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Available Florida Sinkhole Maps

Alachua County FL

Alachua County, FL – Sinkhole / Subsidence Properties

Citrus County FL

Citrus County, FL – Sinkhole / Subsidence Properties

Hernando County FL

Hernando County, FL – Sinkhole / Subsidence Properties

Hillsborough County, FL

Hillsborough County, FL – Sinkhole / Subsidence Properties

Lake County FL

Lake County, FL – Sinkhole / Subsidence Properties

Manatee County FL

Manatee County FL – Sinkhole / Subsidence Properties

Marion County FL

Marion County, FL – Sinkhole / Subsidence Properties

Orange County FL

Orange County, FL – Sinkhole / Subsidence Properties

Pasco County, FL

Pasco County, FL – Sinkhole / Subsidence Properties

Pinellas County, FL

Pinellas County, FL – Sinkhole / Subsidence Properties

Polk County, FL

Polk County, FL – Sinkhole / Subsidence Properties

Sarasota County FL

Sarasota County, FL – Sinkhole / Subsidence Properties

Seminole County FL

Seminole County, FL – Sinkhole / Subsidence Properties

Sumter County FL

Sumter County, FL – Sinkhole / Subsidence Properties

What is a sinkhole?

A sinkhole is essentially any hole in the ground created by erosion and the drainage of water. They can be just a few feet across or large enough to swallow whole buildings. Although they’re often the result of natural processes they can also be triggered by human activity.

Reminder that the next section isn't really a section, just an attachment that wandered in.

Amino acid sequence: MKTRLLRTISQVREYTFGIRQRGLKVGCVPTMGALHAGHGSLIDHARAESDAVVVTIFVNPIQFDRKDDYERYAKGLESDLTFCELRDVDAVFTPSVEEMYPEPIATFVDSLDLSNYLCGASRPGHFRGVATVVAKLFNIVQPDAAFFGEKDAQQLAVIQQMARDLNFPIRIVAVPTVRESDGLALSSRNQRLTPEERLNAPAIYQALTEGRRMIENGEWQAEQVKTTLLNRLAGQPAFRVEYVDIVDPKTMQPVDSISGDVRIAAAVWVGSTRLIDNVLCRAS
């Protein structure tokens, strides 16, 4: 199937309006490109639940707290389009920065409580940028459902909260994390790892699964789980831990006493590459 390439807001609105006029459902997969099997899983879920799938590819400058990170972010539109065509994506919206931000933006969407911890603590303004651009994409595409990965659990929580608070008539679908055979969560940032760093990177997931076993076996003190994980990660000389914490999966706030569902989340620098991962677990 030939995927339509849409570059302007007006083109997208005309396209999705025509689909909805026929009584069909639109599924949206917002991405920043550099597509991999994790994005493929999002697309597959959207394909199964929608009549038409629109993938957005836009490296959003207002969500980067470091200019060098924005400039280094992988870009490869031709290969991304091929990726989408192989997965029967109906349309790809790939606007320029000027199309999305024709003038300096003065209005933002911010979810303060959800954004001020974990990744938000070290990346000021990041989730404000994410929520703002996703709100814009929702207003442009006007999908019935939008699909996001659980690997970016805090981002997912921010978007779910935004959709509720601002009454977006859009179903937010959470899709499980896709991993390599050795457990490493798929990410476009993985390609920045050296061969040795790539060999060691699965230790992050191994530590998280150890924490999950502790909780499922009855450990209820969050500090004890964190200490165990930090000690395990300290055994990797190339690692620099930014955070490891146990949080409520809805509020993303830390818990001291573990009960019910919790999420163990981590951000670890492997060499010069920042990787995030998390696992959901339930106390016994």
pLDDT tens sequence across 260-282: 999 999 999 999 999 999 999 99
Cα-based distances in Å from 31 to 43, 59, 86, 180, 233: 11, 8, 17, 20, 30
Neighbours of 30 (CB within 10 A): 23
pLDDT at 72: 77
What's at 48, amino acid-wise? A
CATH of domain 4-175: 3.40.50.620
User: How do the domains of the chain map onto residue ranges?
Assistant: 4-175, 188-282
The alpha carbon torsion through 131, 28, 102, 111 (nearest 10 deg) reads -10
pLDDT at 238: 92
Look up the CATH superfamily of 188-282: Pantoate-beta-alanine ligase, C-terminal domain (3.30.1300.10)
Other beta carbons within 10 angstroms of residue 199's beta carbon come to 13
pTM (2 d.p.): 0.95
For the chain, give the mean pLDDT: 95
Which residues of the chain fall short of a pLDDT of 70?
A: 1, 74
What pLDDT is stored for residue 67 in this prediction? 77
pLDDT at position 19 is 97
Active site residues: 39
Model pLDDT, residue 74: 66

What are the different types?

There are two basic types, those that are created slowly over time (a cover-subsidence sinkhole) and those that appear suddenly (a cover-collapse sinkhole).

What causes them?

Sinkholes mainly occur in what is known as ‘karst terrain’; areas of land where soluble bedrock (such as limestone or gypsum) can be dissolved by water. With cover-subsidence sinkholes the bedrock becomes exposed and is gradually worn down over time, with the holes often becoming ponds as the water fills them in.

With a cover-collapse sinkhole this same process occurs out of sight. Naturally occurring cracks and small voids underneath the surface are hollowed out by water erosion, with a cover of soil or sediment remaining over the top. Eventually, as the hole expands this cover can no longer support its own weight and collapses to reveal the cavern underneath.

Since the entire Florida state is underlain by carbonate rocks, sinkholes could theoretically form anywhere. However, there are definite regions where sinkhole risk is considerably higher. In general, areas of the state where limestone is close to surface, or areas with deeper limestone but with a conducive configuration of water table elevation, stratigraphy, and aquifer characteristics have increased sinkhole activity.